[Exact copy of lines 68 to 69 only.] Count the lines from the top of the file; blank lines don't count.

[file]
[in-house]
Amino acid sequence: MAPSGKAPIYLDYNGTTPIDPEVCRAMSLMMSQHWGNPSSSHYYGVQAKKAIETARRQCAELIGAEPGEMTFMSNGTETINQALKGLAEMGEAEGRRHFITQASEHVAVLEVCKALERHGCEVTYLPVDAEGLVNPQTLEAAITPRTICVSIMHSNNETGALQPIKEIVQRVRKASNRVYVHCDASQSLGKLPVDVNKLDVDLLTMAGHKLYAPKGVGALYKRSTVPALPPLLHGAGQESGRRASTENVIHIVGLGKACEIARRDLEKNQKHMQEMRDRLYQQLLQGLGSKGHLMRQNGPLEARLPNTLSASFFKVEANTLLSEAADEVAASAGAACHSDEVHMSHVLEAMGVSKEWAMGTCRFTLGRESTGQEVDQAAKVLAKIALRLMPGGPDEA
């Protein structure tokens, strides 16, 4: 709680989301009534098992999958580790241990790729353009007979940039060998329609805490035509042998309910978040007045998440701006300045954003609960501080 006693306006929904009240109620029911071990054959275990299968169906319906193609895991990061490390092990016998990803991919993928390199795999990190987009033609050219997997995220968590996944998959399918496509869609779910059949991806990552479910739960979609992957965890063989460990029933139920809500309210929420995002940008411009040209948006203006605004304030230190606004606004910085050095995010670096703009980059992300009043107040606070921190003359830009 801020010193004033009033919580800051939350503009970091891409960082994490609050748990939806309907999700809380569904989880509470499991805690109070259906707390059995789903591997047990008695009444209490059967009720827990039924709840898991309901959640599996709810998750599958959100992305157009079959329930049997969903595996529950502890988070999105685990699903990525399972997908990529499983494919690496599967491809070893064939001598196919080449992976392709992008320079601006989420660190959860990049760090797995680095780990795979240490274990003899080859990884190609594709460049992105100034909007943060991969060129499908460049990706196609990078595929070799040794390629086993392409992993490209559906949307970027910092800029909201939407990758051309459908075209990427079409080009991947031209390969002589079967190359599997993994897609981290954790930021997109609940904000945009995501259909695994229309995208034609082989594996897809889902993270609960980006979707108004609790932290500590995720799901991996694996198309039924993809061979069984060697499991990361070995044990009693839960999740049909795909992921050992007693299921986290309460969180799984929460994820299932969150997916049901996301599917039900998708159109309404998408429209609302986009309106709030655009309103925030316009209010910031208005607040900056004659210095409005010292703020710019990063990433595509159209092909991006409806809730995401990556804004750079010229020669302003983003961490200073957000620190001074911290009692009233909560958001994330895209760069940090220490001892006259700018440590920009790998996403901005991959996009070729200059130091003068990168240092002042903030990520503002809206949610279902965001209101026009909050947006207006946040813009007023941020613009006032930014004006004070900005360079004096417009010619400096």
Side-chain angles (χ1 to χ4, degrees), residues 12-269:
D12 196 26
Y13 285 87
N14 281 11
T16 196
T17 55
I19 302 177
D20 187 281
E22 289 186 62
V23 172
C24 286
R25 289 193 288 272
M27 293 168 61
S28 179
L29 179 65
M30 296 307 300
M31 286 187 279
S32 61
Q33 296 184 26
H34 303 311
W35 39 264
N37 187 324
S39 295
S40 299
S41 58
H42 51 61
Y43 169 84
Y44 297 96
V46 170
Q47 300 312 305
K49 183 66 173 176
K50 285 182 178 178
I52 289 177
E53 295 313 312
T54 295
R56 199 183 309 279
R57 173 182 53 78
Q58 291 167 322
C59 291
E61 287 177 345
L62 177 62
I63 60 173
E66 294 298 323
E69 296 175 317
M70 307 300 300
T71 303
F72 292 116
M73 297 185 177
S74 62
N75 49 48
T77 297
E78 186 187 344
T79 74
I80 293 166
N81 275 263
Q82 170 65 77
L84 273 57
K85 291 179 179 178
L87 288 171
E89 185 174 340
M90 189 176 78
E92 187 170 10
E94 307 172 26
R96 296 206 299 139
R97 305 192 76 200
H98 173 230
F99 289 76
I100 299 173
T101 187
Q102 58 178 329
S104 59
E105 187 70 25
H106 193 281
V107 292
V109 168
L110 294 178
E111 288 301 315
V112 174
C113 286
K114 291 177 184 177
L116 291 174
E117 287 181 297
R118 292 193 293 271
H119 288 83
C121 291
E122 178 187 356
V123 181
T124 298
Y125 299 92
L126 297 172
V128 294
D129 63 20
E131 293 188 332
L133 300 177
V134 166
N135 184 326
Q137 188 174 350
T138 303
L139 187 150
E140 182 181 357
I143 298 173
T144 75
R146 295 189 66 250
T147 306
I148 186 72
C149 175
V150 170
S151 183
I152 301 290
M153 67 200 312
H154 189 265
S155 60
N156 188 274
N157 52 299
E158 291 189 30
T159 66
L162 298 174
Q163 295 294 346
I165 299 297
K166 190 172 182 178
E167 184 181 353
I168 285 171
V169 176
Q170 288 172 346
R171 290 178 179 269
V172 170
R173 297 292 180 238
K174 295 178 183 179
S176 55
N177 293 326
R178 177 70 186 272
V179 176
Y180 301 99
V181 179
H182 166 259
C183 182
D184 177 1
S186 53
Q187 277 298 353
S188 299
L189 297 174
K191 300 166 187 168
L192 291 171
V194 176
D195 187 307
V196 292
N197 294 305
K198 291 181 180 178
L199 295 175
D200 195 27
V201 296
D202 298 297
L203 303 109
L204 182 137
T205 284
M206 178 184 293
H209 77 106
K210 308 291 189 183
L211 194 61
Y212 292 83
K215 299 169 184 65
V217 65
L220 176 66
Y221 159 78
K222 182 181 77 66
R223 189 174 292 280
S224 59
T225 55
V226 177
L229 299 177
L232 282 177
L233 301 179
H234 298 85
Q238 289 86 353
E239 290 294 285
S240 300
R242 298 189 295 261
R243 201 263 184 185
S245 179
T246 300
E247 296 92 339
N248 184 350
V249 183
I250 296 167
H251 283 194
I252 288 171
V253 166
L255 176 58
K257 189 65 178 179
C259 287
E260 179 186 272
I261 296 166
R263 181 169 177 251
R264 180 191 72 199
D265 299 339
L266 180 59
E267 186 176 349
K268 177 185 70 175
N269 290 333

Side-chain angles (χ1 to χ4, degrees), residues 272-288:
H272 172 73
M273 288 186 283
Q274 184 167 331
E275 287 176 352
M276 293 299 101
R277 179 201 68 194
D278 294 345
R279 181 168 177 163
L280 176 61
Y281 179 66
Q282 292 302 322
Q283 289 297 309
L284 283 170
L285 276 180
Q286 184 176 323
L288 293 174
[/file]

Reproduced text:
R97 305 192 76 200
H98 173 230